“The complainants expressed their concerns in confidence by telephone, with no records taken. Several production companies conveyed a sense of disquiet regarding the selection process to the effect that, despite the [request for proposals], the outcome was predetermined.”

Christie then referred to her close connections to various government bodies;

In her emails, Christie made a point of mentioning that she currently sat on three government boards, New Zealand Trade and Enterprise, New Zealand Story Board and the Flag Consideration Panel, and had a “deep knowledge of responsible public funding”. 

“It is clear that the Government considers me to be a board member of the upmost integrity. I was awarded ONZM for services to film and television. Yet, NZOA continues to suggest I would behave inappropriately.”

And then, to drive home the point of her and Mark Weldon’s “connections” to the National government, threatened NZ on Air;

Christie said she would like to bring the matter “to the attention of the minister”.

Christie’s and Weldon’s close relationship with National is a matter of record, as pointed out in this story by Rex Widerstrom, in the Daily Blog; Thirteen things you (probably) didn’t know about Mark Weldon (CEO of Mediaworks.

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julie christie - gerry brownlee - mark weldon - john key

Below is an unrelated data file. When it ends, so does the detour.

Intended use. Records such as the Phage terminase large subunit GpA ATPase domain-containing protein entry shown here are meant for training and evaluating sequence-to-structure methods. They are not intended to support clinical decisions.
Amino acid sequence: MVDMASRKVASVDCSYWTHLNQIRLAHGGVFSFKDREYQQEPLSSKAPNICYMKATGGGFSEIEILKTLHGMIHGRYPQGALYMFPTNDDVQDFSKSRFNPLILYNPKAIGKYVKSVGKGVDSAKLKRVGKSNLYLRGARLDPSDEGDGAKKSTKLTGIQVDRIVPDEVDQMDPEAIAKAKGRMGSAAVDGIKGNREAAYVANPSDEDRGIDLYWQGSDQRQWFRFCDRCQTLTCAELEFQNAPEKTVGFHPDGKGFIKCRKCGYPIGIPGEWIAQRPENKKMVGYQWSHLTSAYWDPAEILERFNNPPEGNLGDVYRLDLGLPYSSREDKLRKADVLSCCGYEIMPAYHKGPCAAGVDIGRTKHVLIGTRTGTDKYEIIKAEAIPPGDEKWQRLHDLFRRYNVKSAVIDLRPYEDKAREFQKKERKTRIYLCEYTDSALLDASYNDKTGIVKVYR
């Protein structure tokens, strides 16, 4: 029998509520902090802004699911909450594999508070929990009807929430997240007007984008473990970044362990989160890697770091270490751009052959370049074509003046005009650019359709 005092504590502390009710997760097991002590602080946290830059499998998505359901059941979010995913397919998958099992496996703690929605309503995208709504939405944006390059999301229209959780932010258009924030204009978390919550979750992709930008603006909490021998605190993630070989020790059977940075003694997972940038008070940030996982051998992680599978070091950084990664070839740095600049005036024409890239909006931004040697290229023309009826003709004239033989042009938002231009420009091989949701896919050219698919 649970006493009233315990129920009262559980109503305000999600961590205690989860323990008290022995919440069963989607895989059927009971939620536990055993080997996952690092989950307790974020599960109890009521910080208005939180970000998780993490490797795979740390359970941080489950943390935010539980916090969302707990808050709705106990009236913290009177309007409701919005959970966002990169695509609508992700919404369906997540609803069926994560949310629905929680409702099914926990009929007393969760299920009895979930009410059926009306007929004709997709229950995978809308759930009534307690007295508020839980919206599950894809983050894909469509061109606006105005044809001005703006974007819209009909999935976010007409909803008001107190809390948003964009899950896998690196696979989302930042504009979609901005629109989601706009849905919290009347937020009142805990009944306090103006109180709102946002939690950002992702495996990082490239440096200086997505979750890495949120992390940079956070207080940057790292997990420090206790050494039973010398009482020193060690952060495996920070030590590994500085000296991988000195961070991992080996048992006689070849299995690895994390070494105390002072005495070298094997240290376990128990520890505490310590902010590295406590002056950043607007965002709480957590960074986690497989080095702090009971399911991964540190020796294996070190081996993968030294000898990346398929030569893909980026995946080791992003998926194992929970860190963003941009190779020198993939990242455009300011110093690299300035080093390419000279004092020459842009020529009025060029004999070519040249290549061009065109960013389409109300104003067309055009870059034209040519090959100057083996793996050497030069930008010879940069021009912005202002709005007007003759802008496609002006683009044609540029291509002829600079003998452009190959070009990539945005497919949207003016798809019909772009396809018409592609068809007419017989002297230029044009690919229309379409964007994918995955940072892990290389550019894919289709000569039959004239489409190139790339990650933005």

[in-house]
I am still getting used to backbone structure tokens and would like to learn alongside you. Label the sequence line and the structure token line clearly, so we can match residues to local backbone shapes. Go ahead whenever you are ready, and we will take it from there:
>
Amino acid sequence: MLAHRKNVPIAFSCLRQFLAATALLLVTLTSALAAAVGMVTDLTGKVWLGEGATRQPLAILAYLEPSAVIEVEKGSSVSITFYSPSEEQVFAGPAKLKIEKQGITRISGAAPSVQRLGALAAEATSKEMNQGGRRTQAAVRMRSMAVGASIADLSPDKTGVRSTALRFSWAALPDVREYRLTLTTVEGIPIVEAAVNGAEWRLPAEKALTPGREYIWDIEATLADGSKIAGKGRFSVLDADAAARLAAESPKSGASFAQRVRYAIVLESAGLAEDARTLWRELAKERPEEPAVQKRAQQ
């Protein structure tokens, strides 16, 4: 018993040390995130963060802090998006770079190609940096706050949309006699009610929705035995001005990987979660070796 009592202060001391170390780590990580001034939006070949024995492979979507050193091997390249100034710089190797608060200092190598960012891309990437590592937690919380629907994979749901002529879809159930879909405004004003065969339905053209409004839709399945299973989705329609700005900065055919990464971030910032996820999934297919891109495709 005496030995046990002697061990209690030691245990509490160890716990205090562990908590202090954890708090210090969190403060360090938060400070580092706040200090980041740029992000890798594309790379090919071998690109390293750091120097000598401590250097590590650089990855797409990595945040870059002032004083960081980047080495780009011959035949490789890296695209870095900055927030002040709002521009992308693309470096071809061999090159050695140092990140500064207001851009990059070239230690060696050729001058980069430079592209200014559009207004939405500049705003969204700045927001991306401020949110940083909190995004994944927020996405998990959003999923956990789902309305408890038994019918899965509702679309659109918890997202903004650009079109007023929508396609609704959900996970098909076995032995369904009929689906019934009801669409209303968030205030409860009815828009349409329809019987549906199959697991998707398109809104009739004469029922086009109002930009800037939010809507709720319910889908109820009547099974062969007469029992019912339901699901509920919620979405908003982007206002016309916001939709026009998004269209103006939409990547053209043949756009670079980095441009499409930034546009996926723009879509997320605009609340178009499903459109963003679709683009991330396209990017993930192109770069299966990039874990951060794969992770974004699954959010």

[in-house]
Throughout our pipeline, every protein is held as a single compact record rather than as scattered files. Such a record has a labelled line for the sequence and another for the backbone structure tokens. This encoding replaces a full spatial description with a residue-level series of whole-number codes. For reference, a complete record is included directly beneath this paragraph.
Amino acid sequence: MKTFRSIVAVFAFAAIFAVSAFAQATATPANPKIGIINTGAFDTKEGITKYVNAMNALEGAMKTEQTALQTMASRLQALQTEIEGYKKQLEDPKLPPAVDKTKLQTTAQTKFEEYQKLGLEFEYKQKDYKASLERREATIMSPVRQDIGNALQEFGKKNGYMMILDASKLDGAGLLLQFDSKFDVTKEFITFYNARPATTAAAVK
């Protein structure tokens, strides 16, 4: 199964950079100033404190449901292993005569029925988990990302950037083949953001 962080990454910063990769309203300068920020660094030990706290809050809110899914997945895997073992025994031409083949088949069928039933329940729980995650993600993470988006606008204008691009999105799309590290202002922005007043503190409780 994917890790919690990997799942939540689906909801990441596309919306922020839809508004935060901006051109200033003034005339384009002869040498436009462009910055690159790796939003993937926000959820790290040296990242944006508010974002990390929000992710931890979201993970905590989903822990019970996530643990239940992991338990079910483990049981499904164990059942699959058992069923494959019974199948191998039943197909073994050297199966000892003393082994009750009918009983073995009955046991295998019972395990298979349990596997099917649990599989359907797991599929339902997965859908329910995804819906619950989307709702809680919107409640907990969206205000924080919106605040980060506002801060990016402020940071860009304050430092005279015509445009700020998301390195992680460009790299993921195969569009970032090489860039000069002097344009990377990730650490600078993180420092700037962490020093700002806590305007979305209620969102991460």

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Mark Weldon also lashed out at NZ On Air;

During the mud-slinging, MediaWorks chief executive Mark Weldon also waded in to the debate with a terse email to NZ on Air’s chief executive Jane Wrightson, accusing them of prioritising funding for TVNZ programmes.

In the email he wrote that he “had someone do some work” on the discrepancy between funding received by both TVNZ and MediaWorks. He pointed out that TVNZ had been awarded $27m in the last funding round, compared to MediaWorks’ $4m.

“Looking at the documentation, it does not appear to be the case that you have budget constraints … It is clear that you do have budget choices.”

For Amy Maas’ full story, click here.

As I wrote last year;

I seem to have “touched a nerve”. When thinly-veiled threats of defamation lawsuits start flying, it suggests that someone finds the tenor of questioning to be uncomfortable.

To make it crystal clear for Mr McGeoch and his 40 year old lawyering career, I am asking questions, not making assertions. It would be a fairly simple matter to refute the questions with simple answers.

Thus far, no refutations or clarifications have been forthcoming.

However, an apparent conflict-of-interest still remains to be addressed by Mediaworks. Especially when the programme that replaced ‘Campbell Live‘ was created by a company – Eyeworks – with which Julie Christie is still associated, and whose Board members also sit on two companies with which Christie is involved with.

The perception of murkiness in all this cannot easily be overlooked.

[…]